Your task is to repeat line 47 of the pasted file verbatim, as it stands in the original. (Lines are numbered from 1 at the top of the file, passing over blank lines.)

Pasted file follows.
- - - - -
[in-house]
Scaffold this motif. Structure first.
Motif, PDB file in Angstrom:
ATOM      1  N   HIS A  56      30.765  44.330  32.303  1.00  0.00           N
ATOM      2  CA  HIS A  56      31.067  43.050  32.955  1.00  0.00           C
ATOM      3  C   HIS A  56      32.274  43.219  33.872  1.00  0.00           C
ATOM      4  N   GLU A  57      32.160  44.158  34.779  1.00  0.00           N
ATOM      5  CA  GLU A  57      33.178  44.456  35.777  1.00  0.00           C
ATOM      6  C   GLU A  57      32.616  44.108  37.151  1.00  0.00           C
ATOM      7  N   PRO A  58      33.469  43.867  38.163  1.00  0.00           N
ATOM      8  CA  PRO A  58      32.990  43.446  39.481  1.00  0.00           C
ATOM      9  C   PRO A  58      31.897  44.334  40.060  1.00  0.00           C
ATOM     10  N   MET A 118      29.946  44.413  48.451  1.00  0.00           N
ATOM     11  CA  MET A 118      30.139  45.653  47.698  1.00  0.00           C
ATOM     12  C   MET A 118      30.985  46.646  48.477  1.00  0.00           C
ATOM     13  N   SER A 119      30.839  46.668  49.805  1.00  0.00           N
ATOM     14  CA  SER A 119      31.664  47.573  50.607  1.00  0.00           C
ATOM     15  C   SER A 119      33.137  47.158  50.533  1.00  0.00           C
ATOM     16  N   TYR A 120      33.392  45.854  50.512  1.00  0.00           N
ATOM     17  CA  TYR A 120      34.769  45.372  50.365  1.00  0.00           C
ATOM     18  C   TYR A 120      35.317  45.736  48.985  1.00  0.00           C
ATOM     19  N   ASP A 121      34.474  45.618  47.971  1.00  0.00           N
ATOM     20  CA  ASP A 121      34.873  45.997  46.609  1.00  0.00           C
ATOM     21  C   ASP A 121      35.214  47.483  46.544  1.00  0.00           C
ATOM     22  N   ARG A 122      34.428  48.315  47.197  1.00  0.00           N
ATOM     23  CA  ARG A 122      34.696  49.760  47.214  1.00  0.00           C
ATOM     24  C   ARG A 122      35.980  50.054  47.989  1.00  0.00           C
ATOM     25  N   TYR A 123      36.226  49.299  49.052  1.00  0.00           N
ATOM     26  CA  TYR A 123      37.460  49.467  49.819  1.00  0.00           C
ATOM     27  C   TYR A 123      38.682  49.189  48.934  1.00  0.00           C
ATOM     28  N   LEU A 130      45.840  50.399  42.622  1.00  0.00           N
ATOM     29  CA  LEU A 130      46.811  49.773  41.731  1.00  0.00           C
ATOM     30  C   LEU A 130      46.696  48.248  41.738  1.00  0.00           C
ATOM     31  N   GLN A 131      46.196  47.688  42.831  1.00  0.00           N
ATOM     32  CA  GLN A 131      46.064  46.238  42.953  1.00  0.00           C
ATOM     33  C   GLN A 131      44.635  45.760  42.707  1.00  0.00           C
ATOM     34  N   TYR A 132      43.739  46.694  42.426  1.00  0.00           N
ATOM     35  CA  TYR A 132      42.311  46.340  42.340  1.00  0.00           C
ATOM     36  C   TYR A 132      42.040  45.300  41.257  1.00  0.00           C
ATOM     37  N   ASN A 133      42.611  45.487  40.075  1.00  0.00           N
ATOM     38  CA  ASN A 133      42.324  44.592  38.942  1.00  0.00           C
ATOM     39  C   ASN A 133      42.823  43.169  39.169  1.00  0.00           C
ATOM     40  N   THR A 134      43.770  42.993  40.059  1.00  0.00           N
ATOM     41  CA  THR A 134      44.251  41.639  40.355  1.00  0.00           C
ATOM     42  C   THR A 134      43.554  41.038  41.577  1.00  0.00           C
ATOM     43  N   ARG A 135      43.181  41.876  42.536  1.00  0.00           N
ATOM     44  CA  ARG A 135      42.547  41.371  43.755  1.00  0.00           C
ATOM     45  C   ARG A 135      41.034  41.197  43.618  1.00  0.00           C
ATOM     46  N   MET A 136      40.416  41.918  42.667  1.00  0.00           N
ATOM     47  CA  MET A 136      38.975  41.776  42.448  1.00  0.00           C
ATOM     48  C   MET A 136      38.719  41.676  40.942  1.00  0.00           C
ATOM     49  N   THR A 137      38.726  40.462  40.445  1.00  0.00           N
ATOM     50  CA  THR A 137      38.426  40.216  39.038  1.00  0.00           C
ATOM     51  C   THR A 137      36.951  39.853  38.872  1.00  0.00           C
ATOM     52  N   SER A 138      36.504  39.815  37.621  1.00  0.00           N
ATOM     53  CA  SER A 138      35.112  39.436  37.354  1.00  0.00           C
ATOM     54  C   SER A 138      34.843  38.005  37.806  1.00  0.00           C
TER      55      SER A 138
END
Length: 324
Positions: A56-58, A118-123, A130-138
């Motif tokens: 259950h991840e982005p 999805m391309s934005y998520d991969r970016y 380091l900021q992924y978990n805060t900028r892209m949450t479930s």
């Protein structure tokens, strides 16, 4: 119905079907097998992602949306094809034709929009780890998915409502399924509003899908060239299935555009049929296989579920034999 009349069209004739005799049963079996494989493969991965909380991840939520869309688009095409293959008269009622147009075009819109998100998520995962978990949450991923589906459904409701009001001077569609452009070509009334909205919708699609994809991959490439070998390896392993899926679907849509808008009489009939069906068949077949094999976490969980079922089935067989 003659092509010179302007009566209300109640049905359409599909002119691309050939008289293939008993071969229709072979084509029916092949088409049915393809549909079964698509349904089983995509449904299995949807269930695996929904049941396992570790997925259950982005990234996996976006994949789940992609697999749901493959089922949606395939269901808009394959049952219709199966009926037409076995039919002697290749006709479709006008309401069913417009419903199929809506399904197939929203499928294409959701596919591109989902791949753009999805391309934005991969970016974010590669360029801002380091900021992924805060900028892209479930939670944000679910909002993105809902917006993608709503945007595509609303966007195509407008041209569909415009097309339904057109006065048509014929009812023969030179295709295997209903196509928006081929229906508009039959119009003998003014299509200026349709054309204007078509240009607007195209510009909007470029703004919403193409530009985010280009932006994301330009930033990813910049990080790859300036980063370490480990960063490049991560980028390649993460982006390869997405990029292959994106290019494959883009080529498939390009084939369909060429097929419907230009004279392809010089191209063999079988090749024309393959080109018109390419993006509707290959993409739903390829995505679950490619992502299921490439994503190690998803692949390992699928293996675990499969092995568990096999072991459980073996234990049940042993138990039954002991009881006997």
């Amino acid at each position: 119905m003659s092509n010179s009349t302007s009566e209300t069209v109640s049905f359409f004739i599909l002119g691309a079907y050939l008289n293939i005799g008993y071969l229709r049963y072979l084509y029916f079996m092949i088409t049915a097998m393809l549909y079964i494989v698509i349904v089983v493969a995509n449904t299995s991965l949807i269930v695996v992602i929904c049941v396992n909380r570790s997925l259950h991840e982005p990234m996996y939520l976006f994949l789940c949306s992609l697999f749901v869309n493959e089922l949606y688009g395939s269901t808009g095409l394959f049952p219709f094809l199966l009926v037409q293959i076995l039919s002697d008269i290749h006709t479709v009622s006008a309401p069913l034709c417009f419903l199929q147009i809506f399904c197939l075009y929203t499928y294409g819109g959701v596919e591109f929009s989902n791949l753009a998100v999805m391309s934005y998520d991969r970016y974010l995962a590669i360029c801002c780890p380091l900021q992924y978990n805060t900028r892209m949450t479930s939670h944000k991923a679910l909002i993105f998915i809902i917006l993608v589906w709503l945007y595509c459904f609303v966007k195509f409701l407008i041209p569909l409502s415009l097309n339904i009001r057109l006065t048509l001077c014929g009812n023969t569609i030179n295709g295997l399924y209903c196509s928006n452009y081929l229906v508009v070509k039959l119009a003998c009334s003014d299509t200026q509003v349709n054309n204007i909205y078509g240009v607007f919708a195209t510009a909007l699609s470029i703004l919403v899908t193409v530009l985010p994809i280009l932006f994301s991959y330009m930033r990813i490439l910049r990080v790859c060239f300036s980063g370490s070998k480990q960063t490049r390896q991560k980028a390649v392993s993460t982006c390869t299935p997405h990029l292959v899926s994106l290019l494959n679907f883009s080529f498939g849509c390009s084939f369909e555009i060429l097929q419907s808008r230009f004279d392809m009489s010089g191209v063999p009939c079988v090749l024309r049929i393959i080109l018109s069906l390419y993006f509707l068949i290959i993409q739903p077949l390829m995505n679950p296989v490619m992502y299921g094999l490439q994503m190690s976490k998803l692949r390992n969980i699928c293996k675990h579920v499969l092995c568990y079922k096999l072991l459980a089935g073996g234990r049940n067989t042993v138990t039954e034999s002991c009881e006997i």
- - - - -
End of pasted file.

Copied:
ATOM     44  CA  ARG A 135      42.547  41.371  43.755  1.00  0.00           C